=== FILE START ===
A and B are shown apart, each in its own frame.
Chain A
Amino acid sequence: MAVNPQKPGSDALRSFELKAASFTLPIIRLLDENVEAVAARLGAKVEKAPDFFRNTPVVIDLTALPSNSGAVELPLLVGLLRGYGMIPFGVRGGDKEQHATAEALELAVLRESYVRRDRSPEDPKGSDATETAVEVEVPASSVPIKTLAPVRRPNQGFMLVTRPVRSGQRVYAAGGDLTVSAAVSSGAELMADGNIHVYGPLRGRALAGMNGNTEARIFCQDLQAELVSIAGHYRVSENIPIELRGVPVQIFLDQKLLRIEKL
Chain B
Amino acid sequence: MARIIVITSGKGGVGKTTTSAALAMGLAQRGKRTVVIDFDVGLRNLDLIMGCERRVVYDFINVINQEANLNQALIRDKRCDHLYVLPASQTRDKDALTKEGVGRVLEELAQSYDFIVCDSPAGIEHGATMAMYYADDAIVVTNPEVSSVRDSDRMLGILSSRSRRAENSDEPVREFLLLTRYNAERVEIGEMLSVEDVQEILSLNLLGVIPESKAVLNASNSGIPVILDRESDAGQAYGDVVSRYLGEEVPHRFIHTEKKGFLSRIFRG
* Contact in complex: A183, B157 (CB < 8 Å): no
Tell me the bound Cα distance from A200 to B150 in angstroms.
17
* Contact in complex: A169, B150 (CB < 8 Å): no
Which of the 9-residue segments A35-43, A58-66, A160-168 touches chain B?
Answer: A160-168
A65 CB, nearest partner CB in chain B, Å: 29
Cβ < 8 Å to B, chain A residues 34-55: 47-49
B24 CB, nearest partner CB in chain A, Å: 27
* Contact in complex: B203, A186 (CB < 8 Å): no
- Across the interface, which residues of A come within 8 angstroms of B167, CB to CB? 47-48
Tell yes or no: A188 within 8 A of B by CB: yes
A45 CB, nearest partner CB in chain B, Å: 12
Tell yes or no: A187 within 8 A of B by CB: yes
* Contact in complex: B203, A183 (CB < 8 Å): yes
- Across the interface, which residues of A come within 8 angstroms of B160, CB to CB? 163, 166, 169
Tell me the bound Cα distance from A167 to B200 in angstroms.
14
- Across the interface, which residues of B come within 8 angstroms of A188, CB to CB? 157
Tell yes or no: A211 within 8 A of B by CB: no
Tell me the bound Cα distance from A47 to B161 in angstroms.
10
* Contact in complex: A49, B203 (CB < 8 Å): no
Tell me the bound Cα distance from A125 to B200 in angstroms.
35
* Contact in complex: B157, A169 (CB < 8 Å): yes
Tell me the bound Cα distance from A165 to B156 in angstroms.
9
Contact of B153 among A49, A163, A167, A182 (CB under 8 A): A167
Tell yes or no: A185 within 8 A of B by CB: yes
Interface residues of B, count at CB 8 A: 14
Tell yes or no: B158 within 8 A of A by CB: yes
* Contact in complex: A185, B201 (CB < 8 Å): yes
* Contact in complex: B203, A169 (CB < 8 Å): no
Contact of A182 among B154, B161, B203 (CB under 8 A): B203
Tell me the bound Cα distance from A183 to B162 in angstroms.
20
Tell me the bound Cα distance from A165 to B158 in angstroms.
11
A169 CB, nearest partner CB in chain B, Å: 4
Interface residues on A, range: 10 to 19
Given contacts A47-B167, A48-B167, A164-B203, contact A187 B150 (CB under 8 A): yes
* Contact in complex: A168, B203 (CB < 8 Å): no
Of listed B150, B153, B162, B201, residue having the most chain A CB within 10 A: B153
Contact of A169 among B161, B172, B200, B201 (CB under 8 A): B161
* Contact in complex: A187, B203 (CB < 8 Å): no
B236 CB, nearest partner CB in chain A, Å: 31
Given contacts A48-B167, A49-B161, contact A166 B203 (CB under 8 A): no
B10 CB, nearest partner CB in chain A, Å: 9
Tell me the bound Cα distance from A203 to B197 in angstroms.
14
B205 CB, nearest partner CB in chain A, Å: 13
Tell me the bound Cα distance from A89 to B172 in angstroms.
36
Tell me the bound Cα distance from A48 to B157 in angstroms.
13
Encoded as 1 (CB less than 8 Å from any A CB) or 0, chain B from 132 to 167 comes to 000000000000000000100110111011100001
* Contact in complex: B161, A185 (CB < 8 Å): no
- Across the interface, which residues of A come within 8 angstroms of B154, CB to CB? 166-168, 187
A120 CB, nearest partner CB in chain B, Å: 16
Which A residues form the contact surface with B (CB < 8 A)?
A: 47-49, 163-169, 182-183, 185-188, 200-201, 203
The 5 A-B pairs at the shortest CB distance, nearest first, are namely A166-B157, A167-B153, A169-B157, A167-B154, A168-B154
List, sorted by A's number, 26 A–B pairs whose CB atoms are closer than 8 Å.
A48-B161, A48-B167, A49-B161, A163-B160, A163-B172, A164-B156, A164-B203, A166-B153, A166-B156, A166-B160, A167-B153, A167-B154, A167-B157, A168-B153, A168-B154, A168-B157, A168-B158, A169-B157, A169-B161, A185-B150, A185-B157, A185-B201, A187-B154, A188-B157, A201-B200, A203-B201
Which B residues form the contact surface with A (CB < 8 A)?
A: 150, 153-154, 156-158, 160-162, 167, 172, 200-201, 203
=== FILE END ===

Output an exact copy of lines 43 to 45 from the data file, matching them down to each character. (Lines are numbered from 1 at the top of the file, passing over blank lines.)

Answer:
Tell me the bound Cα distance from A165 to B158 in angstroms.
11
A169 CB, nearest partner CB in chain B, Å: 4